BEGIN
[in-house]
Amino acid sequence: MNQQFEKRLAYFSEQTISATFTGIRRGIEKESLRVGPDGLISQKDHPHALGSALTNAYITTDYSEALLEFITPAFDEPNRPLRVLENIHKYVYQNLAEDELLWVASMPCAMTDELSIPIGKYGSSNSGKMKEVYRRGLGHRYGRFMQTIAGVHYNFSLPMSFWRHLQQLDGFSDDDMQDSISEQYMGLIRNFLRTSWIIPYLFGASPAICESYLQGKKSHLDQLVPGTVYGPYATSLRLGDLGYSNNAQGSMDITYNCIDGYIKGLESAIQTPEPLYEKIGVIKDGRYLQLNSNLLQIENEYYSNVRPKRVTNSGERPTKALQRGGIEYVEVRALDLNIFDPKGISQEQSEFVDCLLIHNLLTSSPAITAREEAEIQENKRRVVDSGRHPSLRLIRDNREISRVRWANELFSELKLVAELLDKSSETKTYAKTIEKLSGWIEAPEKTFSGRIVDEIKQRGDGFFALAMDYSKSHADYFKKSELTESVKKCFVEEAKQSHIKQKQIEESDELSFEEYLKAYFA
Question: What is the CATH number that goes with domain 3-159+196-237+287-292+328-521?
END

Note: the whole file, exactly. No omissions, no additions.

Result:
[in-house]
Amino acid sequence: MNQQFEKRLAYFSEQTISATFTGIRRGIEKESLRVGPDGLISQKDHPHALGSALTNAYITTDYSEALLEFITPAFDEPNRPLRVLENIHKYVYQNLAEDELLWVASMPCAMTDELSIPIGKYGSSNSGKMKEVYRRGLGHRYGRFMQTIAGVHYNFSLPMSFWRHLQQLDGFSDDDMQDSISEQYMGLIRNFLRTSWIIPYLFGASPAICESYLQGKKSHLDQLVPGTVYGPYATSLRLGDLGYSNNAQGSMDITYNCIDGYIKGLESAIQTPEPLYEKIGVIKDGRYLQLNSNLLQIENEYYSNVRPKRVTNSGERPTKALQRGGIEYVEVRALDLNIFDPKGISQEQSEFVDCLLIHNLLTSSPAITAREEAEIQENKRRVVDSGRHPSLRLIRDNREISRVRWANELFSELKLVAELLDKSSETKTYAKTIEKLSGWIEAPEKTFSGRIVDEIKQRGDGFFALAMDYSKSHADYFKKSELTESVKKCFVEEAKQSHIKQKQIEESDELSFEEYLKAYFA
Question: What is the CATH number that goes with domain 3-159+196-237+287-292+328-521?